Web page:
Here's Part 2 of Lee's Chipotle (CMG) Homework. My comments are at the end.
Hi Phil Town,
(I apologize up front for the length of this — edit at will.)
First, here are a couple of recent articles on Chipotle:
1. Investor's Business Daily recently wrote a piece (6/30/06).
Points of interest from this article:
- Profit grew 199% from 2004 to 2006
- McDonald's now owns less that 60% and will be fully divested by year end (I wonder if this selling has kept downward pressure on the stock).
2. Ryan Detrick of Schaeffers Research posted his assessment of the IBD article (dated 7/5/06). His is a "contrarian" sentiment, where bad news is good:
"what I really like is [that] the analysts continue to doubt the shares
– there is only one buy out of eight total recommendations. This could
lead to an influx of upgrades as the shares continue to outperform"
James wrote a blog follow up here on your site:
"aren't we supposed to be working with
companies that have ten years of data? Based on the book, Chipotle
isn't Rule #1".
He's right, of course, and I expected you to "ding" me
for this. I touch on this some more below.
Ok, on to your question: Panera is competing in the fast healthy food
marketplace with Chipotle, and Sonic is reinventing burger/drive-in
restaurants from its base in Oklahoma. Which one gets our vote?
So, being an engineer, I decided to take a "data driven" approach and
build some tables. This first compares some objective metrics of the
1. All three appear to have plenty of room to grow, even Sonic, who after 50 years, still has more states to conquer.
2. How can Chipotle generate more revenue than Sonic, with less that 1/5 the number of locations?
3. Panera, and especially Chipotle, are younger, and have less
consistent financial performance. Chipotle has been doing great over
the last couple of years, but doesn't have 10 years of solid results.
4. All of these stocks have dropped recently. The big chart shows money flowing out.
Here are some more subjective comparisons:
1. Chipotle is one of the only restaurant chains to grow organically
without franchising. This is why their revenue is so high — rather
than 5 – 8%, they keep it
all. While the other chains develop independent franchise business
owners, Chipotle develops employee store managers. Obviously provides a
lot of control, along with risk and capital expense.
2. Chipotle marketing seems to be "funky", leading me to believe they
want the 16-24 single adults. Sonic wants the same market, but also
targets little kids. Panera says professional and suburban mom, among
others, to me.
3. Sonic is smart to target kids (like McDonald's does), but I worry that any hamburger+ business can't maintain its moat.
Here's how I see the choice:
1. Sonic is an older style Burger+ business with good (but not
spectacular) Rule #1 financials. It's a solid company, but it doesn't
resonate with me. Pass.
2. Panera and Chipotle represent something new, and have both the
inconsistent financial performance and super high recent growth rates
to go with it.
Panera is more mature, has more analysts recommendation's (7 to 1), and
seems closest to meeting the Rule #1 criteria. It's selling below the
MOS, so when Mr. Market turns, buy it.
3. Rule #1 says I shouldn't buy Chipotle at all, but if I do, limit it
to the 10% "risky biz" category. Wait for its track record to improve
so the big money investors can "discover it" and drive up the price.
Phil Town: Is my Chipotle MOS price valid without 10 solid years of numbers?
You used 5 years in your analysis of Panera (Blog 7/21/05). How far can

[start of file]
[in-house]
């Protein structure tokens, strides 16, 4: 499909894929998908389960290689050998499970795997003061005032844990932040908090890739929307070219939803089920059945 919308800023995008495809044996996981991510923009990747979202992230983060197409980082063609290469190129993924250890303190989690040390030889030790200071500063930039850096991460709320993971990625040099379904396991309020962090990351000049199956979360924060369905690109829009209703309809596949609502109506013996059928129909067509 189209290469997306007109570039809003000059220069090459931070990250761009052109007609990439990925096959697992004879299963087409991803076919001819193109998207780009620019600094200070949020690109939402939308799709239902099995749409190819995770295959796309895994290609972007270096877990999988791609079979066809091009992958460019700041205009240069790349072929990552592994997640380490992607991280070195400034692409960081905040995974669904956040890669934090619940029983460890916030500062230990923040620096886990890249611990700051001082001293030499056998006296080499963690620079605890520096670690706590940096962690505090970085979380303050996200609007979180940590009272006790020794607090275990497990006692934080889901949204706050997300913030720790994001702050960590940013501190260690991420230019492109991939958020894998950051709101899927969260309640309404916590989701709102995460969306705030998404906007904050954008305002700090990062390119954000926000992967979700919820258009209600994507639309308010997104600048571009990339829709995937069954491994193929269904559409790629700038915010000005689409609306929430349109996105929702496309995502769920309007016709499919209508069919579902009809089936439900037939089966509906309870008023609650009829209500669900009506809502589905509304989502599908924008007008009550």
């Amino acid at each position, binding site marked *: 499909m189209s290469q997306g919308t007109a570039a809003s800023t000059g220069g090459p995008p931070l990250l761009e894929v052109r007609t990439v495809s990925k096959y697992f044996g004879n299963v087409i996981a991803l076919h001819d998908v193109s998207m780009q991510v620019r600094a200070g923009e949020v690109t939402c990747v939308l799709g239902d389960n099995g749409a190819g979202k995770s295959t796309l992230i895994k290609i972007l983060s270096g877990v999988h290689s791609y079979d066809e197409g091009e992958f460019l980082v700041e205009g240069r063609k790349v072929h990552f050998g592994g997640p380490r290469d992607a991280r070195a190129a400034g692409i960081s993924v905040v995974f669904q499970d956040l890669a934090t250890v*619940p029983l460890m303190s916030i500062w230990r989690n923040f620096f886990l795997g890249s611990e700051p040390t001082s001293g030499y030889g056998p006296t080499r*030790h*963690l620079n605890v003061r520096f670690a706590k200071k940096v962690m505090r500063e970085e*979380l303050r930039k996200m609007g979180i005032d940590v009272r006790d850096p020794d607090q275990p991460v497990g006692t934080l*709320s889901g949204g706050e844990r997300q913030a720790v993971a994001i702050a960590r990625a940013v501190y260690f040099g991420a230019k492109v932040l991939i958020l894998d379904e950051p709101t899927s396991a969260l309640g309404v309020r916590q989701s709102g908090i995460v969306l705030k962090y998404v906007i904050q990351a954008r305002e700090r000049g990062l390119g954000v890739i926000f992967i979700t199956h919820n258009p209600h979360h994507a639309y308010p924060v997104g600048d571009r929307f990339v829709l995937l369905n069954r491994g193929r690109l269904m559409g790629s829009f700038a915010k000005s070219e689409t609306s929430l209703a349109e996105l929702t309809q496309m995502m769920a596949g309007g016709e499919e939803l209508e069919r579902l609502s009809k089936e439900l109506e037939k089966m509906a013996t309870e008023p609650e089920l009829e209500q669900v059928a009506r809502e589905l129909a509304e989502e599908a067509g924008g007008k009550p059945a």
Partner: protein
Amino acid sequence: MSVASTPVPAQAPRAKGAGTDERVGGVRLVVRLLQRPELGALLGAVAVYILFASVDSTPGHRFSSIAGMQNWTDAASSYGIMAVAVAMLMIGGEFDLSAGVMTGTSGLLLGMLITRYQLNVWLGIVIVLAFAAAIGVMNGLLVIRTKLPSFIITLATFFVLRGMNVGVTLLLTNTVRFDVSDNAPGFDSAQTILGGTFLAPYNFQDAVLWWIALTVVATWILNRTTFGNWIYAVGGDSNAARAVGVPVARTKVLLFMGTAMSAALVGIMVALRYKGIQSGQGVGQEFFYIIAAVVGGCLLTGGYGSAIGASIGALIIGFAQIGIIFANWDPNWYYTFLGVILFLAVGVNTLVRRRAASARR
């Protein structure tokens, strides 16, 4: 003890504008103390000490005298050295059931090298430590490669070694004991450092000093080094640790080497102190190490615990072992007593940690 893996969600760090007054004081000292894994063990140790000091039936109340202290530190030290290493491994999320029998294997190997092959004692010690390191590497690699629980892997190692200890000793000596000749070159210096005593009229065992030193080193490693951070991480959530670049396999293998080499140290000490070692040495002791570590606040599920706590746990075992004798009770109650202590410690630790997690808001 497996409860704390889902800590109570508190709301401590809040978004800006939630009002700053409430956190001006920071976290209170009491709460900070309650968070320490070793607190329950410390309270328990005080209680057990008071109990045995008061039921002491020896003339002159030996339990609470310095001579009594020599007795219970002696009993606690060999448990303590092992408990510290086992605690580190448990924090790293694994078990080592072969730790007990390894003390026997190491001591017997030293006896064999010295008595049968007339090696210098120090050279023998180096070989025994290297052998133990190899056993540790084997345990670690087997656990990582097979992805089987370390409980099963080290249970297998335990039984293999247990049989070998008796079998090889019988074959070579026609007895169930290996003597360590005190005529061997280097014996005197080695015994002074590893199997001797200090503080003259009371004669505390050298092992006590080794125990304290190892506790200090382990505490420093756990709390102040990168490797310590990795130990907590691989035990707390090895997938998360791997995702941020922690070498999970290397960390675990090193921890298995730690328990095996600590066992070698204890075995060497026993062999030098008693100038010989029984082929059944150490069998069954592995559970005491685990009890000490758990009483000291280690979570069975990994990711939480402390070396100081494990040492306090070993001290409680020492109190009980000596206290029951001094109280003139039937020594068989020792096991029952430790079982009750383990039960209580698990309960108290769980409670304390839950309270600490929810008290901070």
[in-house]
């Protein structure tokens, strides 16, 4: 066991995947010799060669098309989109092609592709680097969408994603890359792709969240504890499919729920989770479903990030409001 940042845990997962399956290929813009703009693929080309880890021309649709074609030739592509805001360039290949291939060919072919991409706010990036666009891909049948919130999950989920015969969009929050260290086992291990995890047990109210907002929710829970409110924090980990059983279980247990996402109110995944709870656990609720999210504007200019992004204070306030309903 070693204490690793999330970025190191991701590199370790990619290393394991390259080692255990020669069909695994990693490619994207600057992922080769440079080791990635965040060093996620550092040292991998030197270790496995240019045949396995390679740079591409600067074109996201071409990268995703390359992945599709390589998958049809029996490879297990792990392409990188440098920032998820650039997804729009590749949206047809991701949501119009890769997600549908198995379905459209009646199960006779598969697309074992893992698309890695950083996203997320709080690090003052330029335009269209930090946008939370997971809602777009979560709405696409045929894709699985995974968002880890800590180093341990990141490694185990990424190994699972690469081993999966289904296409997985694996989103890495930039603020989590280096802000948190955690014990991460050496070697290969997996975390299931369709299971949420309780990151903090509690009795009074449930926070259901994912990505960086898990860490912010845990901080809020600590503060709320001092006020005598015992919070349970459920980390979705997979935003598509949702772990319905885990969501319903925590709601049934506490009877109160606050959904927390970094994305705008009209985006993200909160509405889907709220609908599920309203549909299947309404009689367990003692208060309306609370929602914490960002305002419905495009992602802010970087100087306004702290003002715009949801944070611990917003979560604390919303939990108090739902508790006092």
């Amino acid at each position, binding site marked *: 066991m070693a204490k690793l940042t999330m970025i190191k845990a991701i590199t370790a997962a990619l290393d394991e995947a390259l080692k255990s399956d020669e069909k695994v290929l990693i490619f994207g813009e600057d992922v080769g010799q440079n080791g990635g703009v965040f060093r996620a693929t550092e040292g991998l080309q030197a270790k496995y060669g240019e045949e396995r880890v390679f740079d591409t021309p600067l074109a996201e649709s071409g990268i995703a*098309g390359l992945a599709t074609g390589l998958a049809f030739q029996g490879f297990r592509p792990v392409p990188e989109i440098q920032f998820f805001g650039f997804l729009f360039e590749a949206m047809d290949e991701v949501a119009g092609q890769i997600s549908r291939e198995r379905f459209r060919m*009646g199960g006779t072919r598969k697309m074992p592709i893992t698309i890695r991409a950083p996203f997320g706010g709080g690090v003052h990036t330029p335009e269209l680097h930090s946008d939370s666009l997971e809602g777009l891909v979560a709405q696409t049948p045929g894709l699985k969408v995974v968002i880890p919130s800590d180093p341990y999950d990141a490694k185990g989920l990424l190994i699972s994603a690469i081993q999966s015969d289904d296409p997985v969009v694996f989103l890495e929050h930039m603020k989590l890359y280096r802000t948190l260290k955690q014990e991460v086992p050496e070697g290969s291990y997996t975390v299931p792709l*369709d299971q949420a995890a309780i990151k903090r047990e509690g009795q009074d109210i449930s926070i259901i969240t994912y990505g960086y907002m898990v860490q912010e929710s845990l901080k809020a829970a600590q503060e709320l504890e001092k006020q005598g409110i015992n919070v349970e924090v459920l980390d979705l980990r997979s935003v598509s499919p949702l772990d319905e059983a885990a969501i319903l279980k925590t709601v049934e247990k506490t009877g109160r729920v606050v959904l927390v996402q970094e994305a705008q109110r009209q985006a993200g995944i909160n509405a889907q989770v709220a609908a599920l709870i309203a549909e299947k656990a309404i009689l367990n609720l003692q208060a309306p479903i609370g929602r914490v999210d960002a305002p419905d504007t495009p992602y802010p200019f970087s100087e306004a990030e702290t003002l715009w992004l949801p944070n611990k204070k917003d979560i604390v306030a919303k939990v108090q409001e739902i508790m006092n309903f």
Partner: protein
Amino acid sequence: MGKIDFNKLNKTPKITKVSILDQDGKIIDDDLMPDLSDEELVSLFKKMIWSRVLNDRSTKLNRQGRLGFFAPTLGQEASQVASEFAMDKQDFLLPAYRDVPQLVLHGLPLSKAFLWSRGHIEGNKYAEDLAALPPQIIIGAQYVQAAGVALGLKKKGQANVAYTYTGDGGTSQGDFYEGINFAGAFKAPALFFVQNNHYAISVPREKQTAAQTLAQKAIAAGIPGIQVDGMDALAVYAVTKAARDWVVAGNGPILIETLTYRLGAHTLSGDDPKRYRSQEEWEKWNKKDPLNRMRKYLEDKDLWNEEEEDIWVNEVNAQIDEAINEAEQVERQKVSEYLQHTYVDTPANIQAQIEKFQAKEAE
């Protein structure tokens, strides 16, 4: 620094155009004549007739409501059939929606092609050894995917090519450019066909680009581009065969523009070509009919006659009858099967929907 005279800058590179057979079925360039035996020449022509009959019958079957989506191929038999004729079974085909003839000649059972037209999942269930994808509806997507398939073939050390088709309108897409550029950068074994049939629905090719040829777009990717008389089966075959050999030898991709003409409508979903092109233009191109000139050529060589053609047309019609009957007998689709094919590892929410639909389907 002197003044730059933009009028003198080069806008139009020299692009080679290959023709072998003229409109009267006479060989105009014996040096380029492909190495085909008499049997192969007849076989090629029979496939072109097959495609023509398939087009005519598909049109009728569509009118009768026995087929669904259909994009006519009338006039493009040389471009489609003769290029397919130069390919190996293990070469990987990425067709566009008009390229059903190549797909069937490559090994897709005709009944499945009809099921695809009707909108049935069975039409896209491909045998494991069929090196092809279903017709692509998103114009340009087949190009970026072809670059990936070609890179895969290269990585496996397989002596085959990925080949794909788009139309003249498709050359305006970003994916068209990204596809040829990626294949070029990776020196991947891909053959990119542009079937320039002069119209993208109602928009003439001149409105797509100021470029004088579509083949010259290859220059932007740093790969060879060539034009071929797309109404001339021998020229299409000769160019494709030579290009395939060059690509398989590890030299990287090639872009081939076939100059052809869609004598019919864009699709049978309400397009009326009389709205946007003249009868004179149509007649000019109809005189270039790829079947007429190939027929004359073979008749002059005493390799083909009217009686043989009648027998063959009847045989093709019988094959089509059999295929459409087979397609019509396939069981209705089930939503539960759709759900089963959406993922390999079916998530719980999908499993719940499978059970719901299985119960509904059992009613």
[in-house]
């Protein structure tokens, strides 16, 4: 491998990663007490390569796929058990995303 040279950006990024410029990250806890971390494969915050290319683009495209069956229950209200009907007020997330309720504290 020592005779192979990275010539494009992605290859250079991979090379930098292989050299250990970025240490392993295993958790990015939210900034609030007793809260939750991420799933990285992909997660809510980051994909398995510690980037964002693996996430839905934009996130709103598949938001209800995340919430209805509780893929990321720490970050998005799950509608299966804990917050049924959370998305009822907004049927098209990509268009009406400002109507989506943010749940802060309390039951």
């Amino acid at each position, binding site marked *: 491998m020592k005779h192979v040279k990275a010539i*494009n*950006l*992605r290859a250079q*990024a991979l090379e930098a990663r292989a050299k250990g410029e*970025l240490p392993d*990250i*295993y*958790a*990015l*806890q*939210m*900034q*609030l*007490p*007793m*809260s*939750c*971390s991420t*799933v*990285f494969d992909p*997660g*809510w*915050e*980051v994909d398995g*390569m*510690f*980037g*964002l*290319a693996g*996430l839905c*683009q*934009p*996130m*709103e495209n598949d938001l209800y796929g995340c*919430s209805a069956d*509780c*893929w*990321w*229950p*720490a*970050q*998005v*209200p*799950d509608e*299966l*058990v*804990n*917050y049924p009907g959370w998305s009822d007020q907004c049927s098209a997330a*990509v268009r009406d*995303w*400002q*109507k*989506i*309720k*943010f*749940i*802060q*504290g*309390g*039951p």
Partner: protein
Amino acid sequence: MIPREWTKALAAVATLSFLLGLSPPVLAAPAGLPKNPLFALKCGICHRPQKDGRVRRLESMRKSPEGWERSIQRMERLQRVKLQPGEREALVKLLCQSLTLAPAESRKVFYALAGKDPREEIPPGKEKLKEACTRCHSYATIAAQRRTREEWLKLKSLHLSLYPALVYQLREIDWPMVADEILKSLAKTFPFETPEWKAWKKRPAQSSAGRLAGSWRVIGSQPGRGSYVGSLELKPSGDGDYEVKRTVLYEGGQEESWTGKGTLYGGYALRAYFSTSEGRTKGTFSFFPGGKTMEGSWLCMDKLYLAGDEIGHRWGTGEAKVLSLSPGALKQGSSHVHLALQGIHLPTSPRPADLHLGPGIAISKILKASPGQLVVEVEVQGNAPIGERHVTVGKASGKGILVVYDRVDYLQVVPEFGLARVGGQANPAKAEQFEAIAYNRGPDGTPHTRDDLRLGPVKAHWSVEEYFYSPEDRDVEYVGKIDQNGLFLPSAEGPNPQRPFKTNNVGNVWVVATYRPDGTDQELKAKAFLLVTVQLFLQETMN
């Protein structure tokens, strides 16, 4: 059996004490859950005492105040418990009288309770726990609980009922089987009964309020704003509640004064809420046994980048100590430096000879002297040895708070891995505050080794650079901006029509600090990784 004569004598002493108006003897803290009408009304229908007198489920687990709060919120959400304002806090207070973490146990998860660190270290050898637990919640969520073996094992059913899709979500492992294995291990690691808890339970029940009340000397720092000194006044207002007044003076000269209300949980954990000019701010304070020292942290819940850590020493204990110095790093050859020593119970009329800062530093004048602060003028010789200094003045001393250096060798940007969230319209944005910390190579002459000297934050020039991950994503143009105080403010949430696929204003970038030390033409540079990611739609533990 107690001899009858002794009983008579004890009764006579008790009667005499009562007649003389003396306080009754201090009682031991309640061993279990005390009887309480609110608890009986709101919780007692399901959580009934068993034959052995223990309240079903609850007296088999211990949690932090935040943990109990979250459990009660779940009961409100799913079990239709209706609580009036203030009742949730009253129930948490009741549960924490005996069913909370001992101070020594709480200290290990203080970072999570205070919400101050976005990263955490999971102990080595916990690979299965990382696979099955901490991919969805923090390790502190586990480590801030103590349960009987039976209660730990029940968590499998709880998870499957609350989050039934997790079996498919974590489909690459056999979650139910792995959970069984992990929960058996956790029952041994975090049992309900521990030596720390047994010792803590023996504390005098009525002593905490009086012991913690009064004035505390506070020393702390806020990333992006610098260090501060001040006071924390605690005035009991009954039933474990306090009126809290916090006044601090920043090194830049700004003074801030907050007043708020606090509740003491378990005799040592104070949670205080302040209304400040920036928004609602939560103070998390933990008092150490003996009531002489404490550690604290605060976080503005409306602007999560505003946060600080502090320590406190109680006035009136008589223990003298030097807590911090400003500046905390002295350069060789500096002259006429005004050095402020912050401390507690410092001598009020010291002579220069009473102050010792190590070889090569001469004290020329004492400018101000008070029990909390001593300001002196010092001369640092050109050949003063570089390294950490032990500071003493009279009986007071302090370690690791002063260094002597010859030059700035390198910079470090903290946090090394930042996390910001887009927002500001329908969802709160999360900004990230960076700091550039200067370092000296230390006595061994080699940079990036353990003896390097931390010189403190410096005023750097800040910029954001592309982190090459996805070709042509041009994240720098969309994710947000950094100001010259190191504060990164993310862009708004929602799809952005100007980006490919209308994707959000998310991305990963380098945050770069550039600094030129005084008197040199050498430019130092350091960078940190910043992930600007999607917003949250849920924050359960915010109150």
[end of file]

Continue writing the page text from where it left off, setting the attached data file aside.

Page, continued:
you push it, and do you (or should you) factor this into the MOS?
My critique of Lee's homework:
Awesome job, Lee. I think you brought sunlight to the shadows. You've
narrowed down the issue to whether we can go for Chipotle with less
than ten years of numbers and remarked that we can go for it in our Risky Biz portfolio.
Frankly, I like the heck out of it on all levels including the gut.
When I tell friends here in Jackson Hole about Chipotle they all want
one to come here. The only places in town that serve Mexican are all sit-down restaurants. Burritos are almost by definition fast food, so when you want a meal in a wrap it's nice to be able to get it quick.
Here's what I'm wondering. Since they've been in business for 13
years, where is the old financial data? I wonder if corporate would
cough it up for us. Want to take a shot at that, Lee? See if they have it there for investor scrutiny? See if we can get a better sense
of the historical trajectory to get a better feeling for its
That said, these guys are clearly not breaking new ground in some
technology business. Come on. It's a burrito. And they are not
creating a market. The market obviously exists. Burritos? And, unlike Google, it's unlikely that something is going to come out of
nowhere and blast their moat. It's a burrito. Someone can copy them
but seems to me like they have the jump.
So let's understand the purpose of way back historical numbers: they
exist for us to predict the future. What they show us is how well the
CEO is controlling the growth of this business. Is he all over the place or is he totally consistent? Obviously the more consistent, the
more predictable. A set of wonderfully consistent long and short term
Big Five numbers tells us a lot about what to expect for the future.
So, Lee, since you're leading this parade quite nicely, how about your
views on Chipotle with all of the above in mind. Must we still
restrict it to our Risky Biz portfolio or can we stretch on this one and treat it like a well-proven biz?
Now go play!
Phil Town is an investment advisor, hedge fund manager, 3x NY Times Best-Selling Author, ex-Grand Canyon river guide, and former Lieutenant in the US Army Special Forces. He and his wife, Melissa, share a passion for horses, polo, and eventing. Phil’s goal is to help you learn how to invest and achieve financial independence.